Do I have your attention? Ha! Yes, flamingos are generally known for standing on one foot. They also happen to be one of the mascots of my running team, the Pink Nation, a sub team of the Sports Backers Marathon Training Team. But why should humans, especially runners, work standing on one foot into their fitness regimen? I’m about to tell you.
If you’ve ever run on trails, you know how crucial strength and balance are for staying upright while navigating variations in the pitch and camber of the trail, not to mention slippery surfaces, roots, and rocks. Runners fall most frequently on trails from what I’ve experienced. Close second in dangerous terrains that trip us up are sidewalks in older neighborhoods like we see in Richmond; I’ve succumbed to many an uneven concrete slab. In fact, I almost ate it running in the Northside of Richmond yesterday! And falls are humbling. And they sometimes result in injury!
As a physical therapist, I incorporate some version of this activity with almost all of my ambulatory patients as a fall prevention measure. For my limited ambulators, they start holding onto a surface for support, whether that’s the back of a chair, the parallel bars, or the kitchen counter. As they improve their strength and balance, they can start decreasing their level of arm support. If they are unable to do this, they start with their feet in tandem or staggered, narrowing their base of support. Here are some basic instructions for performing this exercise.
Why do I make my geriatric patients do this? You get a lot of bang for your buck. Closed chain (meaning feet on the ground) activities typically engage more muscle groups than open chain activities. It’s not taxing on your cardiopulmonary system. And it feels safe due to the proximity of support. Plus, you are forcing your brain to work on your balance reactions, starting at your feet and ankles, because our first line of defense in preventing a fall is using our ankle strategy. I will spare you the complete lectures on fall prevention and neuroplasticity, but if you want to geek out about it, check out this article.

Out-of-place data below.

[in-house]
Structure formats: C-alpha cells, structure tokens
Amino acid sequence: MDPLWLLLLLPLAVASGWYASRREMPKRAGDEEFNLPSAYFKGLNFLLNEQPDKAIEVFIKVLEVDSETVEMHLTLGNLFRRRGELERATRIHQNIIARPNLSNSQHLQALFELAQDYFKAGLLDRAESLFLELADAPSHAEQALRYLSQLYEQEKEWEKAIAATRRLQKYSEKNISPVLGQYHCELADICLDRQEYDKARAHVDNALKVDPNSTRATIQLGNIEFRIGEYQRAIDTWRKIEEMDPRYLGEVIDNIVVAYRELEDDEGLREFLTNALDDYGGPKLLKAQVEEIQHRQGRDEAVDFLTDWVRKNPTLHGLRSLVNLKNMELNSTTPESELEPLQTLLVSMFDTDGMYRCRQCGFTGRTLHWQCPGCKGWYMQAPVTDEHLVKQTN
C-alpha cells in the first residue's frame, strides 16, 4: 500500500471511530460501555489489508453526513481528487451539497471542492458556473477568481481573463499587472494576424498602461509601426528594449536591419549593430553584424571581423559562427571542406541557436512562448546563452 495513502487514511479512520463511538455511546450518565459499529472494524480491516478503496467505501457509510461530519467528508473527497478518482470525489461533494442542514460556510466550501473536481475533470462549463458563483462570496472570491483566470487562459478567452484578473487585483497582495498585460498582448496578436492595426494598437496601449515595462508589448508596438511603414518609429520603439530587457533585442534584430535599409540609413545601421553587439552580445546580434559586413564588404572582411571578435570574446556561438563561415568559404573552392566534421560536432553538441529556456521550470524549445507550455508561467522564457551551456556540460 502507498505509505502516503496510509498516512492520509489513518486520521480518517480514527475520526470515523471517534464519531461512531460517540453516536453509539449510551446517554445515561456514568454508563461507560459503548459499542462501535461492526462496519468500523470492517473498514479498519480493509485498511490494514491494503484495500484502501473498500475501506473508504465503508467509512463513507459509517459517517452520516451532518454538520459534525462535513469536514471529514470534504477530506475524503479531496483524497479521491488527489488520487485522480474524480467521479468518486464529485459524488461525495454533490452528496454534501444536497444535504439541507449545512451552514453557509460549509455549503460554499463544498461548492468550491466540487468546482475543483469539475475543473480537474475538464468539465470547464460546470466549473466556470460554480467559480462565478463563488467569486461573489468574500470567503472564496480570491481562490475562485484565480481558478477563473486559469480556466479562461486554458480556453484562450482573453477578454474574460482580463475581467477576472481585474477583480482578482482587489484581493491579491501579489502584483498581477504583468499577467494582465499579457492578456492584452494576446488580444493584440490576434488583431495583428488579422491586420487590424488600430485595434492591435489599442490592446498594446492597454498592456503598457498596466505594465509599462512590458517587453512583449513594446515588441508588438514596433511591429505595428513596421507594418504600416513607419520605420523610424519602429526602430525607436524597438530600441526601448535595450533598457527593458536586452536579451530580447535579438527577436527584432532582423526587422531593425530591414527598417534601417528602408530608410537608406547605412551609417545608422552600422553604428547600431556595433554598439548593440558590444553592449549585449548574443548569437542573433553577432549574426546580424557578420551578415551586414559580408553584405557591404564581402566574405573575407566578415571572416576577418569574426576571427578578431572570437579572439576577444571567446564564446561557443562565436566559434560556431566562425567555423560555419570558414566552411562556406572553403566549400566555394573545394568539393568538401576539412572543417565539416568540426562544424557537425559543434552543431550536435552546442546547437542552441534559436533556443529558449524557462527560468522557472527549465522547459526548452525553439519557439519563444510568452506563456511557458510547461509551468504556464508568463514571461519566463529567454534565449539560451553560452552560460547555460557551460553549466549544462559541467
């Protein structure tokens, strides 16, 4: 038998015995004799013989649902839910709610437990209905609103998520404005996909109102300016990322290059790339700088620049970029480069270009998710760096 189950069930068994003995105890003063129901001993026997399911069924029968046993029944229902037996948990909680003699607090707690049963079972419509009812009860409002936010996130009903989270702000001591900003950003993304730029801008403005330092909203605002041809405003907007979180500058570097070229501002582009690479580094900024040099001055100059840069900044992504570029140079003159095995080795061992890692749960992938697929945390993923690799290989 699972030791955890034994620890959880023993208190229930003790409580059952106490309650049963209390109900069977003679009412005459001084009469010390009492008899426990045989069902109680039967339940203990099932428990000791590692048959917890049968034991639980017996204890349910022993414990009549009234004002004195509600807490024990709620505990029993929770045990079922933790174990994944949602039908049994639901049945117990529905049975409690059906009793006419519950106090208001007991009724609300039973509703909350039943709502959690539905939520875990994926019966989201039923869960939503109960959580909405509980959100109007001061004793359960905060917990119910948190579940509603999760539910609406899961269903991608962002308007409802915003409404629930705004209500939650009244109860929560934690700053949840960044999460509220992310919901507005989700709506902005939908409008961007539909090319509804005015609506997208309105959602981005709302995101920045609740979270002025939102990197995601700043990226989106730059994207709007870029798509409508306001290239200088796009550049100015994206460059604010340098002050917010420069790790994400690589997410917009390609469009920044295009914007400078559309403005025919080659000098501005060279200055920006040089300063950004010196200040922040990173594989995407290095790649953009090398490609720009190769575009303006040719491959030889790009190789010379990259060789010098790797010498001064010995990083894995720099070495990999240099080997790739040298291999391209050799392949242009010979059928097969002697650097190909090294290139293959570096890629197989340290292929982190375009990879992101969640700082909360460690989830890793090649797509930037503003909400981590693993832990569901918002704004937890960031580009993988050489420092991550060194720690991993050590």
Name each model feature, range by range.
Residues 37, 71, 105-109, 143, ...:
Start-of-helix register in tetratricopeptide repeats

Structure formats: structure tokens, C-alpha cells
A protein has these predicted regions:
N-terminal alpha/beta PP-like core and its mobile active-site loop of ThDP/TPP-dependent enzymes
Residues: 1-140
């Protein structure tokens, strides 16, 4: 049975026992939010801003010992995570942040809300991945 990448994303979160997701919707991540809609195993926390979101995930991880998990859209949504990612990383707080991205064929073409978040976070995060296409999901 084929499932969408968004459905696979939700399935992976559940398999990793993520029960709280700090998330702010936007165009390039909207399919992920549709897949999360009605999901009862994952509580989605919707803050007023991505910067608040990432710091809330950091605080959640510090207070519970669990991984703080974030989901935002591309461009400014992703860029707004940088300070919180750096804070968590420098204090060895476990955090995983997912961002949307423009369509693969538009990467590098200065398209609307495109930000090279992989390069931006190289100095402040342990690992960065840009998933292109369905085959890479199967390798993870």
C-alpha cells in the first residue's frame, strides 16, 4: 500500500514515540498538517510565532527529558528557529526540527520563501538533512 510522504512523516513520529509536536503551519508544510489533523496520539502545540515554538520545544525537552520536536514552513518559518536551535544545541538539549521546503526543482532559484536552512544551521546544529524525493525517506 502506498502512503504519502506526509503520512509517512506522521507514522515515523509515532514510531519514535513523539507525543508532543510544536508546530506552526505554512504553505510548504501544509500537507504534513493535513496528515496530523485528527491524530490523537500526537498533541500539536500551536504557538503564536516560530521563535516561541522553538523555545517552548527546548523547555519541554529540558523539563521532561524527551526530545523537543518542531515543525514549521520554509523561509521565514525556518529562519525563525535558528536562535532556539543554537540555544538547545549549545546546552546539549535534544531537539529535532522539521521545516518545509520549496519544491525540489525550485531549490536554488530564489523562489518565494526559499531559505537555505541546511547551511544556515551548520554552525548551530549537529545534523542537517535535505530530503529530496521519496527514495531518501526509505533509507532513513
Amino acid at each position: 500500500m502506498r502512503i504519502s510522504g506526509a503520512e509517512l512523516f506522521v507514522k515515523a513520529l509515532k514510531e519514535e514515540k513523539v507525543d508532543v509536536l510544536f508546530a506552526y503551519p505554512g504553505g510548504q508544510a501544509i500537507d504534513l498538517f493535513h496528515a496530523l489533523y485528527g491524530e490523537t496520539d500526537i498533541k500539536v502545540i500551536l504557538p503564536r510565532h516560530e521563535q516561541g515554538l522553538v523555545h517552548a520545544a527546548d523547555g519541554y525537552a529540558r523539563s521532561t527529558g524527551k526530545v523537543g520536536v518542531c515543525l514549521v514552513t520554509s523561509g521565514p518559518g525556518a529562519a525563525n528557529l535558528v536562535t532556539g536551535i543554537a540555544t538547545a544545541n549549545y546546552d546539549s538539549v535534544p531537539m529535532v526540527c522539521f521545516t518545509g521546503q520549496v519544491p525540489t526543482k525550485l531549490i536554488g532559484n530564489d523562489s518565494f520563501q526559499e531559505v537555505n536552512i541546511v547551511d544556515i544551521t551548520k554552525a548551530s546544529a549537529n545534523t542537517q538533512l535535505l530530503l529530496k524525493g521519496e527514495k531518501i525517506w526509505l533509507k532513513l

But why should runners do this? As a coaching group, my fellow Pink Nation coaches and I agreed that this is a terrific addition to any runner’s routine. This was a part of our “pro tips” for last training season. Think about how much time we technically spend supporting our body weight on one leg while running. Just try standing on one foot on solid ground. You should feel your ankle moving to keep your center of gravity over your base of support. The longer you sustain this, the more you will also feel your glutes engage to keep you hip from dropping and your core activate to take some stress off of your ankle. This article sums up the rationale quite nicely! If you can hold this position for at least 30 seconds, you can increase the difficulty of this task.
What does my version of this look like? I stand on a Bosu ball, dome up, with my foot in the middle of the ball. I try to hold this for at least 30 seconds. Sounds simple, but it’s not. Same exercise, just on a more compliant surface. A scale down from this would be to stand on a block of foam or a pillow. Do these near some type of support, like a wall, chair, or between the dip bars at the gym, so you can reach for it if needed.
Besides the simple activity of standing on one foot, there are several dynamic exercises that incorporate single limb stance and are excellent additions to your strength training. Here are a few of my favorites:
- Runner’s lunge series (my personal favorites; the PT in this video has a whole series of information on his Facebook page. He’s a genius!)
- Pistol Squat (can start squatting onto a box or weightlifting bench for a half pistol squat)
- Single leg deadlift
- Bulgarian split lunge
All of these exercises work on single leg strength and stability while running, increasing your efficiency and decreasing your risk for injury. Personally, if I only have a few minutes after cardio cross training to work on strengthening, I will choose one of these exercises. Try to work one or two of these activities into your next strength training day!
Do you incorporate single leg exercises into your strength training? I’d love to hear about it! I am providing this information as a courtesy and assume no responsibility for injury if you take my advice. As always, I hope you all are safe and healthy.